Variable -1 OOP approach?

So, I really new to elixir and starting to use resources on youtube etc.
Working through Live Learning Elixir part 1 @ around 90 minutes…

He adds this and, it compiles.

  def convert_input_to_index(integer_input) do
    integer_input -1

On my machine, it does not. The guy is coming to elixir from ruby but I know, variables, lists etc are immutable right?

I get this error

$ iex "tic_tac_toe.exs"
Erlang/OTP 22 [RELEASE CANDIDATE 2] [erts-10.3.1] [source-52dd4f4842] [64-bit] [smp:2:2] [ds:2:2:10] [async-threads:1] [hipe]

warning: variable "integer_input" is unused (if the variable is not meant to be used, prefix it with an underscore)

** (CompileError) tic_tac_toe.exs:26: undefined function integer_input/1
    (elixir) src/elixir_locals.erl:108: :elixir_locals."-ensure_no_undefined_local/3-lc$^0/1-0-"/2
    (elixir) src/elixir_locals.erl:109: anonymous fn/3 in :elixir_locals.ensure_no_undefined_local/3
    tic_tac_toe.exs:3: (file)

I now underscore the 'variable _integer_input

Now I get a new error message

$ iex "tic_tac_toe.exs"
Erlang/OTP 22 [RELEASE CANDIDATE 2] [erts-10.3.1] [source-52dd4f4842] [64-bit] [smp:2:2] [ds:2:2:10] [async-threads:1] [hipe]

** (CompileError) tic_tac_toe.exs:26: "_integer_input -1" looks like a function call but there is a variable named "_integer_input", please use explicit parentheses or even spaces
    tic_tac_toe.exs:25: (module)

Now, is this just the fact he is using an older version and this way is depreciated? Or, is the variable -1 flawed from the start because I understood functional programming required making copies of lists etc and you couldn’t directly modify them as per ruby etc and OOP.

If this approach is wrong, i rather stop trying to fix it now TBH.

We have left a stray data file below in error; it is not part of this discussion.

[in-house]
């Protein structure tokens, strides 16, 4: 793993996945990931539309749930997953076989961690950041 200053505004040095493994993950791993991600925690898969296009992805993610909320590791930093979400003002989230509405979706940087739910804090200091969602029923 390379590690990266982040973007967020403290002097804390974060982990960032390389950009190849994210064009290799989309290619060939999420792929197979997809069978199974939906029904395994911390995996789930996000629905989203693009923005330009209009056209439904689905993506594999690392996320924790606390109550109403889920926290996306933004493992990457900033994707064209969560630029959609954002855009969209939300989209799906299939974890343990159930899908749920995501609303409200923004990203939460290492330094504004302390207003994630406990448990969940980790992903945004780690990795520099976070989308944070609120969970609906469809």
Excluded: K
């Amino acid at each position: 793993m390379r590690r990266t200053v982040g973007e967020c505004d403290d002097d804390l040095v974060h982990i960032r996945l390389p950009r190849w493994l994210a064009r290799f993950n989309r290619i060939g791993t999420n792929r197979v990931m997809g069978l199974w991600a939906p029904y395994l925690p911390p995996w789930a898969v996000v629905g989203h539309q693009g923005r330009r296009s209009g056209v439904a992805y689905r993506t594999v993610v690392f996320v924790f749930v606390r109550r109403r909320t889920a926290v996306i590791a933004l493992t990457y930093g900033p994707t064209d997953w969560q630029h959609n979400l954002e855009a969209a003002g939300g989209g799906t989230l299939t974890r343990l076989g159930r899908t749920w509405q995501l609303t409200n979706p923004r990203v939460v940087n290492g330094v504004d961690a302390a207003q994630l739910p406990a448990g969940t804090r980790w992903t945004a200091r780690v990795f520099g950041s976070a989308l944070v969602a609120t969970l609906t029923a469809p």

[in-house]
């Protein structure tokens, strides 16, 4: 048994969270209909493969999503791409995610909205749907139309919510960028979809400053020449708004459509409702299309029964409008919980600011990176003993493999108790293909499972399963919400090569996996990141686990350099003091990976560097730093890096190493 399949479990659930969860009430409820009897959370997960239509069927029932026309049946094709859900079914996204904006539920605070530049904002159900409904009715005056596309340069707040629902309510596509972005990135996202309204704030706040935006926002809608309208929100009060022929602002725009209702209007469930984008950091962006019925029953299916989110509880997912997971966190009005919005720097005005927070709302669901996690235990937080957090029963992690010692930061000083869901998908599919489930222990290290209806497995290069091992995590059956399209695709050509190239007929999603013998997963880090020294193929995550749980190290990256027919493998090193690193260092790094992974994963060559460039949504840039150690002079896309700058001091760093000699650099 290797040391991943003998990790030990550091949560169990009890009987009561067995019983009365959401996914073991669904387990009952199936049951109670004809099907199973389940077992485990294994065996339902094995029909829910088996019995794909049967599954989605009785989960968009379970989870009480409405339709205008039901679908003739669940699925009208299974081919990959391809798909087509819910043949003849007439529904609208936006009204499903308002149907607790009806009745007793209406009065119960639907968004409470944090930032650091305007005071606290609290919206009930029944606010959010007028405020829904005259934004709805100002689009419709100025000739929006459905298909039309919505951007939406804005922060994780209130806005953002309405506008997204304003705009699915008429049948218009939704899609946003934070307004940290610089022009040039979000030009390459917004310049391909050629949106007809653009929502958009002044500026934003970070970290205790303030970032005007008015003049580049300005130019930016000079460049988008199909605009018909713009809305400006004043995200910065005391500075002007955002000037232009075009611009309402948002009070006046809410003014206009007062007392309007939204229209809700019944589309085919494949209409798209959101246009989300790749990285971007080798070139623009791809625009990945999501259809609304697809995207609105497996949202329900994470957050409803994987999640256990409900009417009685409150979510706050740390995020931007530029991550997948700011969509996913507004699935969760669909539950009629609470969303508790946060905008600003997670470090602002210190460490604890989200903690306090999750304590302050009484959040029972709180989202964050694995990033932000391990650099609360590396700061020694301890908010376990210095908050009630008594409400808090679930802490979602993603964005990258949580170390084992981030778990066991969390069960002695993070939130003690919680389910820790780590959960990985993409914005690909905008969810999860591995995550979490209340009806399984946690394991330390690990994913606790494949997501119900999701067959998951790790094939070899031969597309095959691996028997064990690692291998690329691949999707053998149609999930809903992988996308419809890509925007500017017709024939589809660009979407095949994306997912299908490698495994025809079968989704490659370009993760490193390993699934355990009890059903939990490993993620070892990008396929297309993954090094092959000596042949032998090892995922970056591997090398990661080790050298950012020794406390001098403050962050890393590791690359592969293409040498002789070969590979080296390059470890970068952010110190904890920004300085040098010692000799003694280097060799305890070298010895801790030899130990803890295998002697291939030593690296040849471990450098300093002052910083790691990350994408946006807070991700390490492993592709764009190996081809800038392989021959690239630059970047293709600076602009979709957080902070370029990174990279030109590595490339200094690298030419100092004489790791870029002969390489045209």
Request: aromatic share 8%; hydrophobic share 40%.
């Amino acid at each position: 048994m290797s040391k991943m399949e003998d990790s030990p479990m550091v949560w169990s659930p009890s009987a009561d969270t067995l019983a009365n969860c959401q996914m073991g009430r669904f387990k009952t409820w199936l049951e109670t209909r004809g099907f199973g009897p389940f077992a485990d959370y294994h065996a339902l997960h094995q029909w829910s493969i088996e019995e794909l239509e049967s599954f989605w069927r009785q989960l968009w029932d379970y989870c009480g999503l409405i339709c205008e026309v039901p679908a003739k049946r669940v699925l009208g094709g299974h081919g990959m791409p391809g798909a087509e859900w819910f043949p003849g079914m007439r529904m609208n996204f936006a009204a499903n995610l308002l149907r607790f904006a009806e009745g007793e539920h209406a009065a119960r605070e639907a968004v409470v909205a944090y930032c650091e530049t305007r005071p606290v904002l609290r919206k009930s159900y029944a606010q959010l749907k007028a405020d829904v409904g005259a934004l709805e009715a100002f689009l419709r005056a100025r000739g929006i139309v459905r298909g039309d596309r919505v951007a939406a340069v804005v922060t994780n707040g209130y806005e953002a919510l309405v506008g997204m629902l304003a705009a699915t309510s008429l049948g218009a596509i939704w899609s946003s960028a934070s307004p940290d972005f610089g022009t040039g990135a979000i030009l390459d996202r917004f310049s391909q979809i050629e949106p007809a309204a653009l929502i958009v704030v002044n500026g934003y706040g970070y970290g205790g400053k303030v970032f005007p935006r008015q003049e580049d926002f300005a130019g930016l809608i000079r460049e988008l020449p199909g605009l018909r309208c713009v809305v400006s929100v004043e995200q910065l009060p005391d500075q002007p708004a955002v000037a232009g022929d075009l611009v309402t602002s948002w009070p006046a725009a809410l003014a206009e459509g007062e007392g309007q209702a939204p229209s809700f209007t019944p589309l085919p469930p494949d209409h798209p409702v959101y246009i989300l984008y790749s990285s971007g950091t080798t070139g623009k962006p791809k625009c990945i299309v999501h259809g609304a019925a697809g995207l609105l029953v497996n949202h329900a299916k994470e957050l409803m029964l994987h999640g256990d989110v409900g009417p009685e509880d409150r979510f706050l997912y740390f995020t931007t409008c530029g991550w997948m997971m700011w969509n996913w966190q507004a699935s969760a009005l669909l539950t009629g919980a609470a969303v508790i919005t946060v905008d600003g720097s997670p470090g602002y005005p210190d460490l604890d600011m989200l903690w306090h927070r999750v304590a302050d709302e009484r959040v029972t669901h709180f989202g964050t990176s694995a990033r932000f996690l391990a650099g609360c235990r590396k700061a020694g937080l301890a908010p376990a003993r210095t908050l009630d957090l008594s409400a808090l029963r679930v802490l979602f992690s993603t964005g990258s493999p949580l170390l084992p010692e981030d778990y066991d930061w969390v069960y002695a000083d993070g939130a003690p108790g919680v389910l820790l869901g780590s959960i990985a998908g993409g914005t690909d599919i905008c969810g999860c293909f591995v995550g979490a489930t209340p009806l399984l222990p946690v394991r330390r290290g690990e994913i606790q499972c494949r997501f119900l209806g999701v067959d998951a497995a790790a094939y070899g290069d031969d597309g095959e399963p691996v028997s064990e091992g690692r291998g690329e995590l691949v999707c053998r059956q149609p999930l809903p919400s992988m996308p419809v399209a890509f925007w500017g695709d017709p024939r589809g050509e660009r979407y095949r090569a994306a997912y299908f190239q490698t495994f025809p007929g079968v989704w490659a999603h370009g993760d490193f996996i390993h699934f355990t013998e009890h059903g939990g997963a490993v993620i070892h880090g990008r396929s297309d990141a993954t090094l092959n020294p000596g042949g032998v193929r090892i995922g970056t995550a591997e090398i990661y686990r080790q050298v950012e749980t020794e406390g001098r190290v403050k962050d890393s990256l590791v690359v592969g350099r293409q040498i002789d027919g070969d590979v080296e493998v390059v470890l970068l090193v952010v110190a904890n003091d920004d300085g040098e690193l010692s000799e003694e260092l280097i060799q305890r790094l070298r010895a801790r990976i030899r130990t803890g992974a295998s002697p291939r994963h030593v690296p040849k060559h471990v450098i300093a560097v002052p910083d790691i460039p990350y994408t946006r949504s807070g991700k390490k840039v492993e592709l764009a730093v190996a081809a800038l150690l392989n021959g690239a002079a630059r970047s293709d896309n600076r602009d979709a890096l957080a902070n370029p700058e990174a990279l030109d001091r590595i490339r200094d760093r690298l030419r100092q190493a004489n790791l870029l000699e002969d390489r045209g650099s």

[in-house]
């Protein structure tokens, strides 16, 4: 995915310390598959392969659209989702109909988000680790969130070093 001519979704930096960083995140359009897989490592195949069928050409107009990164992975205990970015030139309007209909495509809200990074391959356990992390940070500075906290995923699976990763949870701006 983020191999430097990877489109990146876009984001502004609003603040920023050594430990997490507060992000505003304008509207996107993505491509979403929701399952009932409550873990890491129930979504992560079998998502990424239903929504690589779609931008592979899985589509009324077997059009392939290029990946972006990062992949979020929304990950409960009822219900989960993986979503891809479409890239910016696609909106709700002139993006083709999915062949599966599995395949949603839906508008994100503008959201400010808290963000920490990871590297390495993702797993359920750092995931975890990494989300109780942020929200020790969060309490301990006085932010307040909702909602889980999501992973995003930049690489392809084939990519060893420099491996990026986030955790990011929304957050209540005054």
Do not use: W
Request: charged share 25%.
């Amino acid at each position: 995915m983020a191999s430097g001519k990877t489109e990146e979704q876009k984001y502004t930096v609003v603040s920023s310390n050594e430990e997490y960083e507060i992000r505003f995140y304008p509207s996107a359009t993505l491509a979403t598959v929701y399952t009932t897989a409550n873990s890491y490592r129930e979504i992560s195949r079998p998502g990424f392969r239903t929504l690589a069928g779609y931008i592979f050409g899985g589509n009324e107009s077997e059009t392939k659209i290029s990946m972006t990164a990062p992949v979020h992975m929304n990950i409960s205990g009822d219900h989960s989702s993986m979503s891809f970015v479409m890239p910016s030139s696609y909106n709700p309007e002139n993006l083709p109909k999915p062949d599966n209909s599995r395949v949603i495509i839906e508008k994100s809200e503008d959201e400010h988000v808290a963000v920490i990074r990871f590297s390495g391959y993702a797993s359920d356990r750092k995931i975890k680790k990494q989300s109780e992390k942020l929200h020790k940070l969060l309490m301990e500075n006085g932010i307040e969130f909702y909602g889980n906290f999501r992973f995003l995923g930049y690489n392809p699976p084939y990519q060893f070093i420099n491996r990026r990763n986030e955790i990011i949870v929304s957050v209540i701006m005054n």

Due to the fact, that functions and variables live in a separate namespace and the fact that parenthesis are optional, the compiler thinks that you try to call integer_input(-1).

To actually subtract 1 from the input, you need to have a space () between - and 1. Then the parser will realise it as the binary minus, which again then will make it recognize integer_input as the variable rather than a function name.

Also, the error:

warning: variable "integer_input" is unused (if the variable is not meant to be used, prefix it with an underscore)

Wanted you to prefix the name in the functions argument list, not its usage in the functions body, eg: def foo(_unused), do: …

PS: I’m not sure what this has to do with “OOP”?


I will try that thanks.

The guy who did the video is a rubyist and he is explaining everything from an OOP perspective.
This is why I thought var - 1 was as illegal as var++.

It’s crazy that a space is needed. Something I haven’t read about yet so thanks.

The parser needs that space to distinguish unary and binary minus, it comes up here every now and then :wink:

And why should var - 1 not be valid? It creates a new value and leaving var as is. Nothing different to most OO languages (unless some very nasty stiff has been done via operator overloading).


Yes, one space away from a compile. I can’t believe formatters aren’t alert to this.

Lesson learned. Many thanks.

My misunderstanding. I thought, all lists and values could not be changed, only new copies applied to new values.

You’re correct. This function is not changing var it is simply returning the integer that is one less than var